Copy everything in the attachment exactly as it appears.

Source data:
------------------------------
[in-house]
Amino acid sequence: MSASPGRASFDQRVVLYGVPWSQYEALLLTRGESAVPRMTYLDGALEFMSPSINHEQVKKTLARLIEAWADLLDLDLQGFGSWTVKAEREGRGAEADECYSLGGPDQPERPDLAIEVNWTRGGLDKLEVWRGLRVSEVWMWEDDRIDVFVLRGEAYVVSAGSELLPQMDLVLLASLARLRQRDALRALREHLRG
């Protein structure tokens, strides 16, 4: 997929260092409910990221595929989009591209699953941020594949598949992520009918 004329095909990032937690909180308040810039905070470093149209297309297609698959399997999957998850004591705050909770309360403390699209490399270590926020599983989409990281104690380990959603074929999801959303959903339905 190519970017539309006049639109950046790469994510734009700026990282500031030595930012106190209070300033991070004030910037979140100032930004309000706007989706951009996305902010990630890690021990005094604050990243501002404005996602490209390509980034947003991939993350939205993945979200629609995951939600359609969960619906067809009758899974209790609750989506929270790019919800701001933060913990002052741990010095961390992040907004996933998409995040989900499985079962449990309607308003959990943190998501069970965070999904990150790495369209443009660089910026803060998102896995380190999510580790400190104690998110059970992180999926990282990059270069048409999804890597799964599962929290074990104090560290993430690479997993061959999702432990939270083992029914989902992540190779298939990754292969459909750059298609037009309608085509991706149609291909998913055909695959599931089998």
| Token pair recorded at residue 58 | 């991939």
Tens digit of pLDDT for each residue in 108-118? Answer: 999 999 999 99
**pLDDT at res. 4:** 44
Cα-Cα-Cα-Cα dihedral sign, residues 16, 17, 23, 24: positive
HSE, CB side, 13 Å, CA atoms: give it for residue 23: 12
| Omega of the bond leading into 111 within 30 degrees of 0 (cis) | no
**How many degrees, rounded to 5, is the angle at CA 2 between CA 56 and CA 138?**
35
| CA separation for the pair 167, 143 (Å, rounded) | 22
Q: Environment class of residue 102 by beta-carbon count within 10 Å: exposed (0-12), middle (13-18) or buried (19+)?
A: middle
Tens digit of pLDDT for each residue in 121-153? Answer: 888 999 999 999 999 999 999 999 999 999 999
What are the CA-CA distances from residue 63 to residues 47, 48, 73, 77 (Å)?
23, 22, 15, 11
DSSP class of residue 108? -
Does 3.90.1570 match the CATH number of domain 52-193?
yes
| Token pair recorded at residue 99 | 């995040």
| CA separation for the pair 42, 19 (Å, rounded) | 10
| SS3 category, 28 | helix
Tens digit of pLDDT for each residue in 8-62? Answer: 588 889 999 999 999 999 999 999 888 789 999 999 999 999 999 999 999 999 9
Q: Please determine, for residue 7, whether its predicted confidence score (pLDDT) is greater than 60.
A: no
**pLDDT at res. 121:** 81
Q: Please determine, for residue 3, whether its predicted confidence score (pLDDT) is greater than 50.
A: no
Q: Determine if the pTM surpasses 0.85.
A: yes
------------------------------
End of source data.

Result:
[in-house]
Amino acid sequence: MSASPGRASFDQRVVLYGVPWSQYEALLLTRGESAVPRMTYLDGALEFMSPSINHEQVKKTLARLIEAWADLLDLDLQGFGSWTVKAEREGRGAEADECYSLGGPDQPERPDLAIEVNWTRGGLDKLEVWRGLRVSEVWMWEDDRIDVFVLRGEAYVVSAGSELLPQMDLVLLASLARLRQRDALRALREHLRG
């Protein structure tokens, strides 16, 4: 997929260092409910990221595929989009591209699953941020594949598949992520009918 004329095909990032937690909180308040810039905070470093149209297309297609698959399997999957998850004591705050909770309360403390699209490399270590926020599983989409990281104690380990959603074929999801959303959903339905 190519970017539309006049639109950046790469994510734009700026990282500031030595930012106190209070300033991070004030910037979140100032930004309000706007989706951009996305902010990630890690021990005094604050990243501002404005996602490209390509980034947003991939993350939205993945979200629609995951939600359609969960619906067809009758899974209790609750989506929270790019919800701001933060913990002052741990010095961390992040907004996933998409995040989900499985079962449990309607308003959990943190998501069970965070999904990150790495369209443009660089910026803060998102896995380190999510580790400190104690998110059970992180999926990282990059270069048409999804890597799964599962929290074990104090560290993430690479997993061959999702432990939270083992029914989902992540190779298939990754292969459909750059298609037009309608085509991706149609291909998913055909695959599931089998």
| Token pair recorded at residue 58 | 């991939």
Tens digit of pLDDT for each residue in 108-118? Answer: 999 999 999 99
**pLDDT at res. 4:** 44
Cα-Cα-Cα-Cα dihedral sign, residues 16, 17, 23, 24: positive
HSE, CB side, 13 Å, CA atoms: give it for residue 23: 12
| Omega of the bond leading into 111 within 30 degrees of 0 (cis) | no
**How many degrees, rounded to 5, is the angle at CA 2 between CA 56 and CA 138?**
35
| CA separation for the pair 167, 143 (Å, rounded) | 22
Q: Environment class of residue 102 by beta-carbon count within 10 Å: exposed (0-12), middle (13-18) or buried (19+)?
A: middle
Tens digit of pLDDT for each residue in 121-153? Answer: 888 999 999 999 999 999 999 999 999 999 999
What are the CA-CA distances from residue 63 to residues 47, 48, 73, 77 (Å)?
23, 22, 15, 11
DSSP class of residue 108? -
Does 3.90.1570 match the CATH number of domain 52-193?
yes
| Token pair recorded at residue 99 | 């995040």
| CA separation for the pair 42, 19 (Å, rounded) | 10
| SS3 category, 28 | helix
Tens digit of pLDDT for each residue in 8-62? Answer: 588 889 999 999 999 999 999 999 888 789 999 999 999 999 999 999 999 999 9
Q: Please determine, for residue 7, whether its predicted confidence score (pLDDT) is greater than 60.
A: no
**pLDDT at res. 121:** 81
Q: Please determine, for residue 3, whether its predicted confidence score (pLDDT) is greater than 50.
A: no
Q: Determine if the pTM surpasses 0.85.
A: yes